They actually won. I think I'm gonna be sick!
my greatest success (besides my daughters) would be just finishing my very first screenplay two years ago. I never did that before and felt so accomplished...even if it sucked!
It is a very sad time. We take for granted that all of these shuttle launches are rountine and they are anything but. I'll tell you this though, after reading the Chicago Tribune, Time and USA Today it did leave me with several questions like why doesn't NASA have a rescue shuttle ready just in case something happens. I didn't even realize that the astronauts couldn't dock with the ISS even if they needed to. Or the fact that there aren't hooks or something to do latch onto for a space walk. It's second guessing I know. I just feel very sad. This has been a trying two years I'll tell you that, guys.
hi all, my friend Monique who works for an ad agency is trying to gather together great outdoor grilling scenes from movies for a presentation. Anything come to mind?
It's a good feeling, ain't it?
All the best!
Did I miss something? 'Cause it has sure gone downhill when you go to the jobs section.
Did anyone else here enter this one?
That happened to me with Story bay last summer as well. They portrayed themselves as more of a production company than what they really are. After that was cleared up, I didn't think the price was so bad, so I agreed to deal with them. I check my credit card and find out I was charged like $300 or $400...can't remember now. I had to call them and tell them to take it off my charge. Never again. Hey I look at it this way, I was a quarter finalist in Hollywood's Next Success last year. That project went onto get sold and made starring rappers Trina and Mr. Cheeks and will be released later this year. I'm hoping for a repeat (although I'm not greedy).
I too am a huge fan of WSN. That was where Bedbugs was found and optioned by the Adam Epstein company.
I just came back from Fade In Magazine's pitch session and I have to say it was great. Yes you are treated like cattle, but why shouldn't we be. They don't know whether we have great scripts. And quite frankly I don't think there is any other way to do it. But I did get to pitch to The Donner Co., Warner Bros, Dreamworks, Dimension and Appian Way as well as NYC Productions. Make sure you go to this festival. This seems to be the one to go to.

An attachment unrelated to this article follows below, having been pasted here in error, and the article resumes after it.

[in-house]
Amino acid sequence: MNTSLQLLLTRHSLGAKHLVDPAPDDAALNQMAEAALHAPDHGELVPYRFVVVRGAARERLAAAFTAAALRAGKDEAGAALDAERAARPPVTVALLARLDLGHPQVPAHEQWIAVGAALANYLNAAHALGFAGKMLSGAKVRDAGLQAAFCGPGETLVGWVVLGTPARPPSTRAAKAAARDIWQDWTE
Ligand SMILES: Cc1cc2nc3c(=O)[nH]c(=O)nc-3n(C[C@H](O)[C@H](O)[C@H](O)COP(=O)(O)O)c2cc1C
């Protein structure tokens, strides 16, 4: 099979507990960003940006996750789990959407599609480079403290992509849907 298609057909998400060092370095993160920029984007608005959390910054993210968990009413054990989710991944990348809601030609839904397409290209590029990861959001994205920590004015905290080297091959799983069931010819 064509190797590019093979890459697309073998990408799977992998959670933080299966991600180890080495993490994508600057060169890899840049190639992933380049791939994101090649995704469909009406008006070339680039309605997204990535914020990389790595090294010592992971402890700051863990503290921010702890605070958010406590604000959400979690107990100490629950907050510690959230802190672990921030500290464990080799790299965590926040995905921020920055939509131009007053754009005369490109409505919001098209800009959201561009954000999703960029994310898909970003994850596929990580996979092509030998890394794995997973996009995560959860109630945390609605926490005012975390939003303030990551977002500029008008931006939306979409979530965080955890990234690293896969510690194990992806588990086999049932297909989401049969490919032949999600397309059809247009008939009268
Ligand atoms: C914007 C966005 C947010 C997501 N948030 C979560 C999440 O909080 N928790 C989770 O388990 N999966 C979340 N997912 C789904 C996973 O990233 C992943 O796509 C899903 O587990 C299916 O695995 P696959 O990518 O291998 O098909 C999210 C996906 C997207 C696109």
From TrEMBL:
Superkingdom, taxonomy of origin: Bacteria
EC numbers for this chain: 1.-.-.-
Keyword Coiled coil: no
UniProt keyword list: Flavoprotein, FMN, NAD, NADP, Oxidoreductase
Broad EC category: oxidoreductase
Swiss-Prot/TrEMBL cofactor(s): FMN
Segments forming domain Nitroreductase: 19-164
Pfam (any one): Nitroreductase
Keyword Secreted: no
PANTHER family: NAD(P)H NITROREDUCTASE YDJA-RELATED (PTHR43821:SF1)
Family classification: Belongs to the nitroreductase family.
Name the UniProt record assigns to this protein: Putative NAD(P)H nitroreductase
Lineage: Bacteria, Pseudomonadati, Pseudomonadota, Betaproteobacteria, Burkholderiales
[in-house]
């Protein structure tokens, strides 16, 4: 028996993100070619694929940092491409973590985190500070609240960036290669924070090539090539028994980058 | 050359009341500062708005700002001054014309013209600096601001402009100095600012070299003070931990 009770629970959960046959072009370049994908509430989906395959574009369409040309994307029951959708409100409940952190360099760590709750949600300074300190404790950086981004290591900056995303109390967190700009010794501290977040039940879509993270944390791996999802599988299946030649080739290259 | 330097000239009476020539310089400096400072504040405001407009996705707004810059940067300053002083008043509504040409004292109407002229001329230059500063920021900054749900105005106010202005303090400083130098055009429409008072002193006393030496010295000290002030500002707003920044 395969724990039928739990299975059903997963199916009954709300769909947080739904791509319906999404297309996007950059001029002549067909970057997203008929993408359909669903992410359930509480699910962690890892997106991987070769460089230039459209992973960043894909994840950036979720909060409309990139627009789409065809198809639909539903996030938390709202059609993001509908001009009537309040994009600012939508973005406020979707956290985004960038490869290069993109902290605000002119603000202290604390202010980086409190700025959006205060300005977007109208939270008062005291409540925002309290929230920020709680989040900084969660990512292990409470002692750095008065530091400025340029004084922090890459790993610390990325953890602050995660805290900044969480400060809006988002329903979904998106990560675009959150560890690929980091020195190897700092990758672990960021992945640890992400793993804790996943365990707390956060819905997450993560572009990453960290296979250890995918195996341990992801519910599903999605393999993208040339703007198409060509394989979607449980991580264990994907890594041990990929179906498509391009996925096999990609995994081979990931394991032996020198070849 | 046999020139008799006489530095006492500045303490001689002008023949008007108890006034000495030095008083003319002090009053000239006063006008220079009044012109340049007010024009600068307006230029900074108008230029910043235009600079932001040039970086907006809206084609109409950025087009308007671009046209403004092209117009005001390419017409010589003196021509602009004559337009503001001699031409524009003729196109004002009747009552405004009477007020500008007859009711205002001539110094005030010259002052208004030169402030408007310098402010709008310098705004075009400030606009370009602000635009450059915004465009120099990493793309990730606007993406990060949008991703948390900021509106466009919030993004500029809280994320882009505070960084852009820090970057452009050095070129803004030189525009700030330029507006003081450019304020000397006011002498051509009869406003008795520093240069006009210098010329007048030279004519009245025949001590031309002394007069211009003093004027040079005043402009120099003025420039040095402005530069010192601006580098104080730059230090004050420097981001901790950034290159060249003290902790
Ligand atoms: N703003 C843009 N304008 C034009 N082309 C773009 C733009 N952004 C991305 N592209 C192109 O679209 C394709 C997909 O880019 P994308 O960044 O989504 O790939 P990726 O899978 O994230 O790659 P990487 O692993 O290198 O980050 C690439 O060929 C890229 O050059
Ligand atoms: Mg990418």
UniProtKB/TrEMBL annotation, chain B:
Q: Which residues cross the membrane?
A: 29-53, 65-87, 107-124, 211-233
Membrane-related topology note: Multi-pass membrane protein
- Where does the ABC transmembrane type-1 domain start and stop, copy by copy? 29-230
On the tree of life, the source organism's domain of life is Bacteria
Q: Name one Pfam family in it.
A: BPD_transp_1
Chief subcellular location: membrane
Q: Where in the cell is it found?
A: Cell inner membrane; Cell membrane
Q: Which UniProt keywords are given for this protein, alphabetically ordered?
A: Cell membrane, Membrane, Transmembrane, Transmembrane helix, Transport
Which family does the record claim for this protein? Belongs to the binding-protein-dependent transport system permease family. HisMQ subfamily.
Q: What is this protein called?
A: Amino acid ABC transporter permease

Also I hate to disagree, but talking to those guys outside of the pitch area can be a bad idea (unless you two become old friends real quickly). I pitched Dimension who seemed really receptive to my idea, but when he was standing outside you could tell he was nervous that I was going to try and approach him.
All in all, make sure the pitches you're paying for, at least have the companies you're searching for.
Yes Rich, I couldn't agree more. Good luck to us all. If you do decide to do another pitch seminar, do the Fade In one. The workshops were great. Antwon Fisher and Ed Soloman (MIB) and the writers from About a Boy spoke. And the companies you could pitch to were the companies that don't accept queries.
I would add make sure what you're adapting is public domain. Old greek plays, Shakespeare are usually safe...
Well guys it's our super bowl. Even without a red carpet and a war I still have to give out who I'm betting on.
Best Picture Chicago
Best Actor Daniel Day Lewis
Best Actress Nicole Kidman
Best Supporting Actor Christopher Walken
Best Supporting Actress Catherine Zeta Jones
Best Director Rob Marshall
Best adapted Screenplay The hours
Best Original Screenplay My big fat greek wedding
Best score John Williams Catch me if you can
Best Song Bono for Gangs of New York
Best Cinematography Conrad Hall for Road to Perdition
Best animated film Ice Age
Best Documentary Bowling for Columbine
Best animated short Mr. Chubb Chubb